Skip to main content

Bahrain's king: state of emergency will end in June

By the CNN Wire Staff
King Hamad bin Isa al-Khalifa of Bahrain, pictured at Safriyah Palace in Bahrain on March 12, 2011.
King Hamad bin Isa al-Khalifa of Bahrain, pictured at Safriyah Palace in Bahrain on March 12, 2011.
  • NEW: State media: Trial begins for 21 suspects accused of "attempts to topple the regime"
  • A state of emergency that has been in place since March will be lifted June 1, the king says
  • Witnesses say it allowed a government crackdown on protesters
  • Demonstrators in Bahrain have complained about unemployment and corruption

(CNN) -- The king of Bahrain has decreed that the country's state of emergency will end June 1, state media reported Sunday.

Massive anti-government protests prompted King Hamad al-Khalifa's March 15 declaration of a three-month state of emergency in Bahrain, a strategically important kingdom and U.S. ally.

Witnesses reported violent crackdowns on protesters after the state of emergency was imposed.

Meanwhile, a trial has started for 21 suspects accused of fostering the unrest, the official Bahrain News Agency reported Sunday. A hard-line Shiite opposition group and a leading human rights activist were among those on trial.

The suspects face accusations of "terrorist attempts to topple the regime forcibly in collaboration with a terrorist organization working for a foreign country," the government-run news agency said.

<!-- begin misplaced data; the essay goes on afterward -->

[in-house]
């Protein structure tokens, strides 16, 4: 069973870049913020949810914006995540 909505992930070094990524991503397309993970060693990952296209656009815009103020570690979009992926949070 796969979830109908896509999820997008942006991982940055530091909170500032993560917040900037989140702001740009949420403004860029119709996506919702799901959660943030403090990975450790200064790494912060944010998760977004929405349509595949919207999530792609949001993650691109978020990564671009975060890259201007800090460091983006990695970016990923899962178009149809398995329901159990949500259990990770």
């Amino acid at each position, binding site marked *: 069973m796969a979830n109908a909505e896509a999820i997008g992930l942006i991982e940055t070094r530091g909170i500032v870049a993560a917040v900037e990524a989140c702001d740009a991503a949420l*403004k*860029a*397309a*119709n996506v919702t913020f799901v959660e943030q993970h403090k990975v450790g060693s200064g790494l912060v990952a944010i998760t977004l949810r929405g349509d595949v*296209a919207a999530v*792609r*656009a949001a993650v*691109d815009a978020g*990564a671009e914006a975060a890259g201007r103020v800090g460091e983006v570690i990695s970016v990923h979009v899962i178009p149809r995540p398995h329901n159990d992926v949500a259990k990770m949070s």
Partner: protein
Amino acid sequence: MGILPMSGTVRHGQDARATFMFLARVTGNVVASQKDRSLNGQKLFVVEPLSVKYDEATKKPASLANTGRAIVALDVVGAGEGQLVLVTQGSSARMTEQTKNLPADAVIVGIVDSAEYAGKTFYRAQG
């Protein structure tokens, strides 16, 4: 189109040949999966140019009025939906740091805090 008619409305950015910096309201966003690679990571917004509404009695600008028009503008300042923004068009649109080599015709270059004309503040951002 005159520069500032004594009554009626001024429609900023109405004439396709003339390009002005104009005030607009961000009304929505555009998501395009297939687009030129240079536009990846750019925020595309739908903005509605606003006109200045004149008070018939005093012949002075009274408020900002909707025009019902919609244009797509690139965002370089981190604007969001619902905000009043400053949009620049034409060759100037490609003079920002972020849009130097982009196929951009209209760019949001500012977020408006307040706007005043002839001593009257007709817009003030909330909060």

Human rights groups said forces have raided hospitals, targeting doctors and patients, during the state of emergency.

More than 40 doctors and nurses faced prosecution last week on charges that included having supported "the saboteurs and the calls to bring down the political regime," the news agency said.

Government officials in Bahrain denied targeting hospitals.

The protests started in February, when young members of the country's Shiite Muslim majority staged protests to complain about discrimination, unemployment and corruption -- issues they say the country's Sunni rulers have done little to address.

Bahrain's ruling Khalifa family is Sunni Muslim, but about two-thirds of the country's people are Shiite.

Hard-line protesters have called for the abolition of the country's royal family altogether.

Bahrain is home to the headquarters of the U.S. Navy's Fifth Fleet, the naval arm of American power in the region.

In a speech last month, the country's crown prince defended the government's actions.

"We were immensely concerned that some of our youth were pushed towards a destructive path and that the nation was drawn along with them," Prince Salman bin Hamad al-Khalifasaid, according to an official transcript.

"We took necessary action to preserve lives and the livelihood and interests of all the people, based on our commitment to Islamic and Arab values," he said.

CNN's Jennifer Fenton contributed to this report.